Trigger point pain relief with the dry needle procedure
Dry needling is a procedure involving insertion of thin needles into “trigger points” or knotted areas within muscles that are causing pain over a wide area. Dry needling helps release tight muscles and relieve myofascial trigger point pain as well as increase mobility. Also called trigger point therapy or trigger point dry needling (TDN), it is a modern procedure and is often performed by physicians in conjunction with physical therapy.
Benefits of dry needle treatment
Dry needling is different from acupuncture in that acupuncture focuses on the “meridians” or energy lines (chi) of the body whereas dry needling focuses on the trigger points in the muscles and fascia (connective tissue). Studies have shown that inserting a needle into the trigger points produces a “twitch” response or spinal cord reflex and that this can result in changes that lead to pain reduction. The benefits of dry needling include relief from:
- Shoulder and arm pain, rotator cuff tendinitis
- Upper back muscular strain
- Tension headaches
- Neck pain and radiculopathy (radiating pain down the arms)
- Buttock and iliotibial band pain
- Tennis elbow (epicondylitis)
- Low back pain
- Calf muscle strain and leg cramps
During the dry needle procedure, you may experience slight discomfort, similar to a cramp or mild electric shock. Once the needles are in, however, most patients experience a comfortable heaviness and relaxation. After a dry needle procedure, you may have some bruising where the needles were inserted. Gentle stretching, and applying heat or ice to the sore area may be helpful, and this should go away after a few days. It may take several visits for you to experience the full benefits of dry needling, depending on your condition and your own body’s response to the therapy. Your doctor will discuss your dry needle treatment plan with you. It may take several visits to produce a cumulative result and lasting pain relief.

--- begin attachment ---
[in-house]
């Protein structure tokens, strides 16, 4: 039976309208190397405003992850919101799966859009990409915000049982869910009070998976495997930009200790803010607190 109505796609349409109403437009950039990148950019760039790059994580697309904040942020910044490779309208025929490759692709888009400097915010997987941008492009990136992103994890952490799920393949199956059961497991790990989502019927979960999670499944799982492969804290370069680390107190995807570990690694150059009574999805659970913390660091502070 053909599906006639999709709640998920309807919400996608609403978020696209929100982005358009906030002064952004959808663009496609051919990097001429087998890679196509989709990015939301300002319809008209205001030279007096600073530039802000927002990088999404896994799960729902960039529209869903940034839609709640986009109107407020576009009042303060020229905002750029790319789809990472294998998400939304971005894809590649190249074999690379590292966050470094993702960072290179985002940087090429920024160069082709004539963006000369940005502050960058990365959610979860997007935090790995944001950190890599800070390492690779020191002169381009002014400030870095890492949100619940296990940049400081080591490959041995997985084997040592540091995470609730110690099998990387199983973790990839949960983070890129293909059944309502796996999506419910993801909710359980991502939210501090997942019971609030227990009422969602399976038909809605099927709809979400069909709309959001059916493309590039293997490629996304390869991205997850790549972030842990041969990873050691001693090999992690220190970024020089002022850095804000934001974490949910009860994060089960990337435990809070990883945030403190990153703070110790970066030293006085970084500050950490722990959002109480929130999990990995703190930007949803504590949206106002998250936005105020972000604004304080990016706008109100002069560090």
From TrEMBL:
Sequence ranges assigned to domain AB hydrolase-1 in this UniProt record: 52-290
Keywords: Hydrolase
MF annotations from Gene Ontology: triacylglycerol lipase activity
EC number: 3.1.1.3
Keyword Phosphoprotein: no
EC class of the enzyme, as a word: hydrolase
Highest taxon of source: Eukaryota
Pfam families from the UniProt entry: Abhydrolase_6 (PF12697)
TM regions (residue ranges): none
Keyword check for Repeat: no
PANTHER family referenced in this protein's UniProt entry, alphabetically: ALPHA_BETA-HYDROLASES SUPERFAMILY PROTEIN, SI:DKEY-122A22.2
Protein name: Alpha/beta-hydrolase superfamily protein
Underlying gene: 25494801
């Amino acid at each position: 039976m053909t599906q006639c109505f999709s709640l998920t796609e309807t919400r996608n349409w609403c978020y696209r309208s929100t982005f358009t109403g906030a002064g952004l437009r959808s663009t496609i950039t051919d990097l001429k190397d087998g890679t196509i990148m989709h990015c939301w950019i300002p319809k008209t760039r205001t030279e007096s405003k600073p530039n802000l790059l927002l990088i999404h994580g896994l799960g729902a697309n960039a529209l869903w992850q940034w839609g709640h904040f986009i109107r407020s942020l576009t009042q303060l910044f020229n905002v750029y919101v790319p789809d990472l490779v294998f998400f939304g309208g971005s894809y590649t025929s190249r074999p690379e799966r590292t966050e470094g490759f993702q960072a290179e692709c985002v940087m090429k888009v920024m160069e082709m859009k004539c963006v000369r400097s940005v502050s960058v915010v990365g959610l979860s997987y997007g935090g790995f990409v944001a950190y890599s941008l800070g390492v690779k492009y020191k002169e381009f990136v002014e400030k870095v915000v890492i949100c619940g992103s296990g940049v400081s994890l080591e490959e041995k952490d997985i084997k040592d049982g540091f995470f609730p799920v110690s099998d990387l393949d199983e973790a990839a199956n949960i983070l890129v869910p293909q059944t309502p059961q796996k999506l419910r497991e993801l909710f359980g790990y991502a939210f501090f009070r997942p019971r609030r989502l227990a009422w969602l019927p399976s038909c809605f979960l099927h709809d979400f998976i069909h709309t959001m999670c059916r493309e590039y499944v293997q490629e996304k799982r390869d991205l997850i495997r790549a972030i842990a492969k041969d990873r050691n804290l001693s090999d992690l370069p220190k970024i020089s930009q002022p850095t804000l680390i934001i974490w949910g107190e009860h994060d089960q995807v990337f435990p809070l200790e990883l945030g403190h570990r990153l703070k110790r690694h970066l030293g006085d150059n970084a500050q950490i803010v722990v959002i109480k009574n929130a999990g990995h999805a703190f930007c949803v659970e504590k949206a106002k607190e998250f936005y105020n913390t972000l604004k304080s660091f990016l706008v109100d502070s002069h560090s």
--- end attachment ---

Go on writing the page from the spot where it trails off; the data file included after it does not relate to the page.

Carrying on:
Dry needle therapy risks and recovery
Dry needle treatments are not for everyone. Patients who have a fear of needles may not be candidates for this type of procedure. Oftentimes, however, education about the service is helpful and a patient with needle phobia may wish to go ahead with the treatment. Patients with cognitive impairments (memory loss, dementia, mental health disorder) or patients who have vascular disease, including severe varicose veins, should avoid this type of procedure. Your doctor will thoroughly evaluate you and will ask questions to help determine whether or not you might benefit from dry needling.
Dry needle treatment is often done along with physical therapy and other types of manual therapies for maximum pain relief and mobility. Multiple therapies working together often produce the best result. Dry needle therapy should only be performed by a trained professional and should never be tried at home.